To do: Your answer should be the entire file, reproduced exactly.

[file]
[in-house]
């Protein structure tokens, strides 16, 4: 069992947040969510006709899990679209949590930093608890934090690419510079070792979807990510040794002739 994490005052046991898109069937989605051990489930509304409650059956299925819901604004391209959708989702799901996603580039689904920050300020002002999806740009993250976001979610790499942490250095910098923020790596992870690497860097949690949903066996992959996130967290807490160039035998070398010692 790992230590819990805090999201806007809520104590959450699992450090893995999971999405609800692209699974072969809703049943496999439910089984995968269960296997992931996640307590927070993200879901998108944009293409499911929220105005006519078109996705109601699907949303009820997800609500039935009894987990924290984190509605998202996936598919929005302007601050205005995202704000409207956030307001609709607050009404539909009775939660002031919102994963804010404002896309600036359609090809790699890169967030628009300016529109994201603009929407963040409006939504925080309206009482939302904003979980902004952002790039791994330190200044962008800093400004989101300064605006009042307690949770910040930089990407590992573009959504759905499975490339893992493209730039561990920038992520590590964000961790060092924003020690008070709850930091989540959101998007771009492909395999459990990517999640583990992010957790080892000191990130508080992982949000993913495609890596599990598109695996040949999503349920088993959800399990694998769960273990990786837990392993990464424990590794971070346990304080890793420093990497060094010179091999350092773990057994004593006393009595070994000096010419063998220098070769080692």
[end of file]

[in-house]
């Protein structure tokens, strides 16, 4: 069992947040969510006709899990679209949590930093608890934090690419510079070792979807990510040794002739 994490005052046991898109069937989605051990489930509304409650059956299925819901604004391209959708989702799901996603580039689904920050300020002002999806740009993250976001979610790499942490250095910098923020790596992870690497860097949690949903066996992959996130967290807490160039035998070398010692 790992230590819990805090999201806007809520104590959450699992450090893995999971999405609800692209699974072969809703049943496999439910089984995968269960296997992931996640307590927070993200879901998108944009293409499911929220105005006519078109996705109601699907949303009820997800609500039935009894987990924290984190509605998202996936598919929005302007601050205005995202704000409207956030307001609709607050009404539909009775939660002031919102994963804010404002896309600036359609090809790699890169967030628009300016529109994201603009929407963040409006939504925080309206009482939302904003979980902004952002790039791994330190200044962008800093400004989101300064605006009042307690949770910040930089990407590992573009959504759905499975490339893992493209730039561990920038992520590590964000961790060092924003020690008070709850930091989540959101998007771009492909395999459990990517999640583990992010957790080892000191990130508080992982949000993913495609890596599990598109695996040949999503349920088993959800399990694998769960273990990786837990392993990464424990590794971070346990304080890793420093990497060094010179091999350092773990057994004593006393009595070994000096010419063998220098070769080692």